Hezbollah purchased same chemicals responsible for Beirut blast from Iran

Hezbollah purchased same chemicals responsible for Beirut blast from Iran
Iran's Quds Force supplied Hezbollah with 670 tons of ammonium nitrate in 2013 at the price of $72,000, a German newspaper has revealed.
2 min read
20 August, 2020
Hezbollah strongly denies any charges of involvement in the Beirut port explosion [Getty]
Lebanese Islamist movement Hezbollah purchased hundreds of tons of ammonium nitrate from Iran in 2013, a report released Wednesday has revealed, the same year large amounts of the material ended up at Beirut's port as part of detained cargo and later was blamed for August's deadly blast.
A report by German newspaper Die Welt citing Western security services confirms Iran's Quds Force supplied Hezbollah, under the command of Qasem Soleimani, with 670 tons of ammonium nitrate in 2013 at the price of $72,000.

The newspaper said it had seen invoices for the deliveries. 

The massive explosion that ripped through large parts of Beirut on 4 August is said by authorities to have been triggered by a warehouse fire that set off large amounts of stored ammonium nitrate.

The hundreds of tons of the chemical had been confiscated years earlier and left unsecured for several years at the port, despite repeated warnings of the dangers it posed.

The powerful Shia group Hezbollah, which dominates parliament with its allies, stands accused of wielding great influence over Beirut's port and border posts.

Although Die Welt admitted there was no evidence that Hezbollah was responsible for the blast, it suggested that perhaps the group's interest in the material contributed to its presence at the port.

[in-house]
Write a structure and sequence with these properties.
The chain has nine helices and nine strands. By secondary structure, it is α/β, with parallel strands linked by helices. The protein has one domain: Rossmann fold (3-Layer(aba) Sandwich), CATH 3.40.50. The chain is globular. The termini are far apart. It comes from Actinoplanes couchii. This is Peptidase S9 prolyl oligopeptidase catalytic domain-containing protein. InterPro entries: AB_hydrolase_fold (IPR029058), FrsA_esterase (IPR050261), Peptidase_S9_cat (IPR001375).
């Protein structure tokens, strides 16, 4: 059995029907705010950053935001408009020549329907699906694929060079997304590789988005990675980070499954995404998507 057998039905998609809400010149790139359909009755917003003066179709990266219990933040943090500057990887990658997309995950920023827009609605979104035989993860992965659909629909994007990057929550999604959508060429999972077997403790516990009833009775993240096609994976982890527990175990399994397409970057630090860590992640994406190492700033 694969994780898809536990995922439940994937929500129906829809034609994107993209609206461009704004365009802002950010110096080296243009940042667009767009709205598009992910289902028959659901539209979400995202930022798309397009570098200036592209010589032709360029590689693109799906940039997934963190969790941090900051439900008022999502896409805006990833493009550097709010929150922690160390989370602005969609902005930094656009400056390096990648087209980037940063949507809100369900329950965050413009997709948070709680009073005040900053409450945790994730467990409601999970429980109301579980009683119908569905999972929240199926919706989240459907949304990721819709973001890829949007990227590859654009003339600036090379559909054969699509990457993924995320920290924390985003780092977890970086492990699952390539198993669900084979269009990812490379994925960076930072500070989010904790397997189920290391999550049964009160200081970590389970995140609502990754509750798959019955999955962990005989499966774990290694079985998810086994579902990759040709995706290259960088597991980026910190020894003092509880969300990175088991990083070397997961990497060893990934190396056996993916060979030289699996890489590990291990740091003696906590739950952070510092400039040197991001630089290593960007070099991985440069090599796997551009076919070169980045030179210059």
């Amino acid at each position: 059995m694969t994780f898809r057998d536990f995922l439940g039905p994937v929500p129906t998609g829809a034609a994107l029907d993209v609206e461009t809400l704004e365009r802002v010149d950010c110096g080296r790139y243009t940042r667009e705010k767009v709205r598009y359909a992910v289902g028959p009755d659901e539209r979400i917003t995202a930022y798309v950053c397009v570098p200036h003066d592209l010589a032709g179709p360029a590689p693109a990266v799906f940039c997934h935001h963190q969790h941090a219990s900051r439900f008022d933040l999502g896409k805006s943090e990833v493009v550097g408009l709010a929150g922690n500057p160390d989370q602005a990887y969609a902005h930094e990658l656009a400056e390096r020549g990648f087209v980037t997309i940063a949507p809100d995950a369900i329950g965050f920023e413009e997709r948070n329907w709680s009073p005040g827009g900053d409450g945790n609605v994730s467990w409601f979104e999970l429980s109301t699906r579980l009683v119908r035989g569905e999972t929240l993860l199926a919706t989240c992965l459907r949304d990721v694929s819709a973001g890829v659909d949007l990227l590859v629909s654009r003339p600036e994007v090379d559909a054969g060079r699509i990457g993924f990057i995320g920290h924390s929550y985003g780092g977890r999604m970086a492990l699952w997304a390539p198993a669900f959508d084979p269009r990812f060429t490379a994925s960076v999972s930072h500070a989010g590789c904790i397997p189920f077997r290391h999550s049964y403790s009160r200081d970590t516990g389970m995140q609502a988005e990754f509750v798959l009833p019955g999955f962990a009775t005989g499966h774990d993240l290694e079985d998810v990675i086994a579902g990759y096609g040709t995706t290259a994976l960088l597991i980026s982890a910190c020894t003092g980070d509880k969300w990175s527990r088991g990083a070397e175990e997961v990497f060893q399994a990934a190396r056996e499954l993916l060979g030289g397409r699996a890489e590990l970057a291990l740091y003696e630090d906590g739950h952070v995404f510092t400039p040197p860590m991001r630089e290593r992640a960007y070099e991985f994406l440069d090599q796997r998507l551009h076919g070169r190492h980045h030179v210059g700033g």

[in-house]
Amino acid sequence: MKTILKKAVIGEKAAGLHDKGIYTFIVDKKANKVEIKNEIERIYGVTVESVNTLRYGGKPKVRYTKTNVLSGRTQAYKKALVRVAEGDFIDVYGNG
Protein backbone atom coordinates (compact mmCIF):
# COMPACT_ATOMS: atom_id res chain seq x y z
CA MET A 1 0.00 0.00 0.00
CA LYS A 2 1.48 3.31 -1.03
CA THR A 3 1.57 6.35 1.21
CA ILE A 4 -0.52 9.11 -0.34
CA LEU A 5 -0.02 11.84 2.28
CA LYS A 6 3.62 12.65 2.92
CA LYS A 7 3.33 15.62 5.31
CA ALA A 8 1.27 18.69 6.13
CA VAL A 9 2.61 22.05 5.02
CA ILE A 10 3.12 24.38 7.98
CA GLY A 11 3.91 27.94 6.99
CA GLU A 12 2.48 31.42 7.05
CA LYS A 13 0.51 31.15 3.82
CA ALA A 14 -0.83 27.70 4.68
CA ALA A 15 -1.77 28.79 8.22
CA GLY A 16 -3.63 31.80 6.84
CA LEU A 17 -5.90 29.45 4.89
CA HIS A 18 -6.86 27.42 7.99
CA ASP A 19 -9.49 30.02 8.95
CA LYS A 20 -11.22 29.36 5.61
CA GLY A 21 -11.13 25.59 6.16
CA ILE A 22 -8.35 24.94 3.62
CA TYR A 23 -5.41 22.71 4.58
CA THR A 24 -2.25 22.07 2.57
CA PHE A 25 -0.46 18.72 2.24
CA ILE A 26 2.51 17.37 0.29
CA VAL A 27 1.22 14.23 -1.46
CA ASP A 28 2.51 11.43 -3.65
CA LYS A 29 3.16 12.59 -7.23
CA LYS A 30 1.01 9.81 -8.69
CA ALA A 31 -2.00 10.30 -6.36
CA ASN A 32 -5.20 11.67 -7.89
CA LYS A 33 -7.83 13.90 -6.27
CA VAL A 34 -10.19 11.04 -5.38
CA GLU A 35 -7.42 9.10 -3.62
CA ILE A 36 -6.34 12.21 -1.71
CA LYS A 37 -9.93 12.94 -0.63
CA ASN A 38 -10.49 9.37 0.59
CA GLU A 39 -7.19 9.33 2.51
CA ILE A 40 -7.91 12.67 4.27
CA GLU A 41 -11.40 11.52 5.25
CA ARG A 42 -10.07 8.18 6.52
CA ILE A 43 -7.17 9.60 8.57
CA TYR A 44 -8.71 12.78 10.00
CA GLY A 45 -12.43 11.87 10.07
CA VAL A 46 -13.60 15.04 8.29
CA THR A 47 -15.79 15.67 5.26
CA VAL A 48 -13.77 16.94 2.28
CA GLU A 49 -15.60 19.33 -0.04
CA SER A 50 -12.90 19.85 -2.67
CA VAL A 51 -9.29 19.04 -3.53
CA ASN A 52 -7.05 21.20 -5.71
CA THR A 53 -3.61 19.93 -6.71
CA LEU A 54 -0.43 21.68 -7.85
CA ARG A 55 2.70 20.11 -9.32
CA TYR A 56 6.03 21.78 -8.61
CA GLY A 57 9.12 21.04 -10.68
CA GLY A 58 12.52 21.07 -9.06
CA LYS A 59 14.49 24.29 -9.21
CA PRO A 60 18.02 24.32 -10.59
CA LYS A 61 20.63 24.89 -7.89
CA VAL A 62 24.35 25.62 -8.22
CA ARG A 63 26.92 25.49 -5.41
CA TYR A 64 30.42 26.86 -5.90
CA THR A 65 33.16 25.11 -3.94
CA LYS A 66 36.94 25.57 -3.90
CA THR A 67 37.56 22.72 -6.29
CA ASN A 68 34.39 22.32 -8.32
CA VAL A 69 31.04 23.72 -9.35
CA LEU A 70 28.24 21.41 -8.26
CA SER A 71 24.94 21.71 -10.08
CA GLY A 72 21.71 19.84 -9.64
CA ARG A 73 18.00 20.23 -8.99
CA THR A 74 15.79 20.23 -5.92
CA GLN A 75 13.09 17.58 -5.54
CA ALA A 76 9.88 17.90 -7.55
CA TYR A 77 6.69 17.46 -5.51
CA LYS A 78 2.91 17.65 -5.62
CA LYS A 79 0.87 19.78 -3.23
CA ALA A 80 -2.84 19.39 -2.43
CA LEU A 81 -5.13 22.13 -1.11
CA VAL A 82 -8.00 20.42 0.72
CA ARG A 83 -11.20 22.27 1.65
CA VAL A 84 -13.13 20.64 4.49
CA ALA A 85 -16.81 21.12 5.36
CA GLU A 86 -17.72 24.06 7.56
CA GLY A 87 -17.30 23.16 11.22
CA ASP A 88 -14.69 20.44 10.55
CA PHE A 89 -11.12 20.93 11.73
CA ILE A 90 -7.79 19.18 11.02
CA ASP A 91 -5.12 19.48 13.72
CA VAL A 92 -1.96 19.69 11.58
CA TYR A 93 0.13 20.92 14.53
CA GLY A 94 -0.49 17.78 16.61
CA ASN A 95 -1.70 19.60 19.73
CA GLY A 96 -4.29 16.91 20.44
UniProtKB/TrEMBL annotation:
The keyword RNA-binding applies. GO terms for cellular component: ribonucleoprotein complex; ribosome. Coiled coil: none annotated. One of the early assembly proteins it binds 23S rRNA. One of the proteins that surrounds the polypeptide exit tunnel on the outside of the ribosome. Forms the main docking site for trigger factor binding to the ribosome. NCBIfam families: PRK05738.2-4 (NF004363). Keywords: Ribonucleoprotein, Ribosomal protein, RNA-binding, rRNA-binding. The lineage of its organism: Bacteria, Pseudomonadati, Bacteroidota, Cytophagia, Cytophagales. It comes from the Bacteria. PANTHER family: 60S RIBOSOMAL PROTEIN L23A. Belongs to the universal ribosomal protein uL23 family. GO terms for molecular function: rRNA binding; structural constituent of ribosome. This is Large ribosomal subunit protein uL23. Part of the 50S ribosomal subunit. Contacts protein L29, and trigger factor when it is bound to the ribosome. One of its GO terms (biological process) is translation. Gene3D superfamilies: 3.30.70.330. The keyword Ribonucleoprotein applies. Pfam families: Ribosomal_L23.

The explosion has also reignited claims that Hezbollah, which is designated by Washington as a terrorist group, stored arms at the blast site.

The Islamist movement's chief Hassan Nasrallah on Friday strongly denied the charges.

"We have nothing in the port: not an arms depot, nor a missile depot nor missiles nor rifles nor bombs nor bullets nor (ammonium) nitrate," he insisted.

Many Lebanese blame the blast on decades of corruption and negligence by Lebanon's ruling class - consisting largely of ex-warlords from its 1975-1990 civil war.

FBI personnel are to join other international experts already on the ground, including from France, which has launched its own probe. 

Read more: Lebanon president says 'impossible' that Beirut port blast was caused by Hezbollah arms

Lebanese authorities too have opened an enquiry, despite scepticism at home over the credibility of a state-led investigation.

Public prosecutor Ghassan Oueidat has filed lawsuits against 21 suspects over the blast, 19 of whom are already in custody.

Judge Fadi Sawan, who was appointed Friday to lead investigations, is to start interrogating suspects next week.

Agencies contributed to this report.

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